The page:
Inspiration for a vintage wall planter comes from one of my favorite blogs, Shanty2Chic.

Shanty2Chic offers free DIY plans for constructing chic furniture on the cheap. I was inspired to put my own twist on one their tutorials for building a wall planter from scrap wood.

Get Your Chic On With Shanty2Chic

One of my favorite resources for remodeling my home stylishly, but affordably, is Shanty-2-Chic.  They have dozens of super clever plans for chic furniture and home decor, which they offer for FREE.  I used one of their plans to build my farmhouse table, as well as their plan to build some wall planters from the scrap wood. These two sisters inspire me with their intense creativity and their willingness to share. My sincerest desire is that I can be as useful to other people as they have been to me. Just to be clear, this is an unsponsored, unsolicited, endorsement of Shanty2Chic. They don’t even know I exist. I just really love them.

Wall Planters & the Vintage Twist

Here is the link to the Shanty2Chic tutorial for DIY Modern Farmhouse Wall Planters.

Now I wanted to give these wall planters a little flavor of my own.  I love old things because they have a story to tell.  I am lucky to have an original Montgomery Ward Catalogue from 1927, which I inherited from my grandfather who stored everything in his basement for decades.

Most people wouldn’t think much of an old magazine, but I just geek out about this kind of stuff.  I think it’s a treasure trove.  I’ve been trying to find ways to incorporate these magazine pages into my home decor without overdoing it.  Wrapping these wall planters with the magazine pages was a perfect way to share this story in my home.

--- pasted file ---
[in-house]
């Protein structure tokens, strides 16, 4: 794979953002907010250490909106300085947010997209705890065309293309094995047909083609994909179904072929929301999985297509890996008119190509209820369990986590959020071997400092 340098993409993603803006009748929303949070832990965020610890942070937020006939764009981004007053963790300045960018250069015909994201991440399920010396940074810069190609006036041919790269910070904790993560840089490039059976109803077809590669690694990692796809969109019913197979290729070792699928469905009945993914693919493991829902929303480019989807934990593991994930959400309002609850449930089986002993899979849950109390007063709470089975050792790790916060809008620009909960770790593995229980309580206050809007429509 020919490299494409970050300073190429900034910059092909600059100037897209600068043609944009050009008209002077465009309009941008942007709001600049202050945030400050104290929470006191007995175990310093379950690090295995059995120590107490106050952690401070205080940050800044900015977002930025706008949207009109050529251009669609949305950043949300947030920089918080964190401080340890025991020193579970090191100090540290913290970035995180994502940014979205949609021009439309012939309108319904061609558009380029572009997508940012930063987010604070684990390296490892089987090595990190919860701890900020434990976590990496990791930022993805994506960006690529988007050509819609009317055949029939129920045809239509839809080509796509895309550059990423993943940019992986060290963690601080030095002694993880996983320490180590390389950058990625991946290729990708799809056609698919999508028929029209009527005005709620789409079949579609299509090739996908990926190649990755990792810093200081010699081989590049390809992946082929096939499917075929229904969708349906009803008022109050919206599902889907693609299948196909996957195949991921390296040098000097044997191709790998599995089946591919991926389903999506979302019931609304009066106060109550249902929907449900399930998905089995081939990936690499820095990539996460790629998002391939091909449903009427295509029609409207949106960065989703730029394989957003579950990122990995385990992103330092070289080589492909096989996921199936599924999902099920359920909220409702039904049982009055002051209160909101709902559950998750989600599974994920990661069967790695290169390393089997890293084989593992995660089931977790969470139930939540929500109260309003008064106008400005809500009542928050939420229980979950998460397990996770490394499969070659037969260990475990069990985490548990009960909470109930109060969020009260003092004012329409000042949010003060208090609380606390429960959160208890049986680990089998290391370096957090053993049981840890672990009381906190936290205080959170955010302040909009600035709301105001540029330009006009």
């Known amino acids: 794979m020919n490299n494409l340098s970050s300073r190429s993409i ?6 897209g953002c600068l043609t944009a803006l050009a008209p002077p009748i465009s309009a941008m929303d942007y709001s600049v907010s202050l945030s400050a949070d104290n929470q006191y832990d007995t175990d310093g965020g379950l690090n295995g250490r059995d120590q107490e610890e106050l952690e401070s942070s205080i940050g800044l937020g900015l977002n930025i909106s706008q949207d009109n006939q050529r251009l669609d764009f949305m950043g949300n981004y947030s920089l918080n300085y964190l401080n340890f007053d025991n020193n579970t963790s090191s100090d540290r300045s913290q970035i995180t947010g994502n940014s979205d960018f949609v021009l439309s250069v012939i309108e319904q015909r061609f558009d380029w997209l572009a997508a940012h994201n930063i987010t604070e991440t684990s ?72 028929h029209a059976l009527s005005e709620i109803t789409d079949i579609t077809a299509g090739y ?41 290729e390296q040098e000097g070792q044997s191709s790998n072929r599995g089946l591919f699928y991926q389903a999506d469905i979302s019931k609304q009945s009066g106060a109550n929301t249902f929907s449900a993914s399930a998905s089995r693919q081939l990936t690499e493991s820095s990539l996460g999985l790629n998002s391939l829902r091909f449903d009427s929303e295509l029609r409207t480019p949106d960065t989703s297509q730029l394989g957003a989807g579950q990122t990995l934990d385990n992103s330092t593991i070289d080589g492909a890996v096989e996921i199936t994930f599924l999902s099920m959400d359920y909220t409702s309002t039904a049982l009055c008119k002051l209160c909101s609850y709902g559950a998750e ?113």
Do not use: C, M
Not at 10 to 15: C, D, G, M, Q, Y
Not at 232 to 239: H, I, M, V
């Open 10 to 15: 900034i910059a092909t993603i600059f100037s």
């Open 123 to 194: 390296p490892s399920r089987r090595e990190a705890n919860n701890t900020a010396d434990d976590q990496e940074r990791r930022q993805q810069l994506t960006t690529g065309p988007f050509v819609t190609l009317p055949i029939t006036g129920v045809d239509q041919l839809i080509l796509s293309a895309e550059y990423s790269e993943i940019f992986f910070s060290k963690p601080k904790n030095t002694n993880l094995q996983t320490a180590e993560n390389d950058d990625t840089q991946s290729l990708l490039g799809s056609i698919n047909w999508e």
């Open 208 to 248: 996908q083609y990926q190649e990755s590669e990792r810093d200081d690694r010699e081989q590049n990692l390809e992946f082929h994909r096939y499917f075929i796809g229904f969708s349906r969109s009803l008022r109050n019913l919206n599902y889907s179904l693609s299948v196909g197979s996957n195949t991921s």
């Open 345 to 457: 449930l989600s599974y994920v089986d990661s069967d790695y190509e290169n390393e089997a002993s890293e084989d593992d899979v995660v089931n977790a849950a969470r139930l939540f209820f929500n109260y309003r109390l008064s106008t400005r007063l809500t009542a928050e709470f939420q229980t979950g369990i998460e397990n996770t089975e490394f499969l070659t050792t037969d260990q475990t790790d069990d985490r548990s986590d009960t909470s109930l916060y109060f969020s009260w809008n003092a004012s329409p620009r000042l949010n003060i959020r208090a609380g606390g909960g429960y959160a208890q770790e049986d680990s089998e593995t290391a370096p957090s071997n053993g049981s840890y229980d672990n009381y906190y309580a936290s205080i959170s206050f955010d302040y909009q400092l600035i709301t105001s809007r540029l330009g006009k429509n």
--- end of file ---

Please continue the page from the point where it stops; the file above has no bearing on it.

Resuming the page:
Brought to You By Montgomery Ward 1927

I painted the wall planters with black chalk paint. After choosing which Montgomery Ward catalogue page to use, I lathered the wall planter with some Modge Podge and adhered the page to the planter. If you would like to try this I offer some free downloadable magazine pages at the end of this post.

After allowing the planter to dry I added some upholstery tacks for some extra style and texture. These can be found at Michaels or Hobby Lobby.

This project was so inspiring because of it was simple and cheap, yet it yielded such rich results. The wall planters compliment the ship lap perfectly, adding texture, color, and interest. I love the greenery against the black and white.  It just simply makes me happy to see them hanging on the wall. Hopefully this inspires you to create, whether it’s this particular wall planter or something else entirely. Please feel free to download some pages from the Montgomery Ward Catalogue 1927 for your projects below. And please share your projects and ideas with me in the comments. I would love to hear from you. xo Jayme


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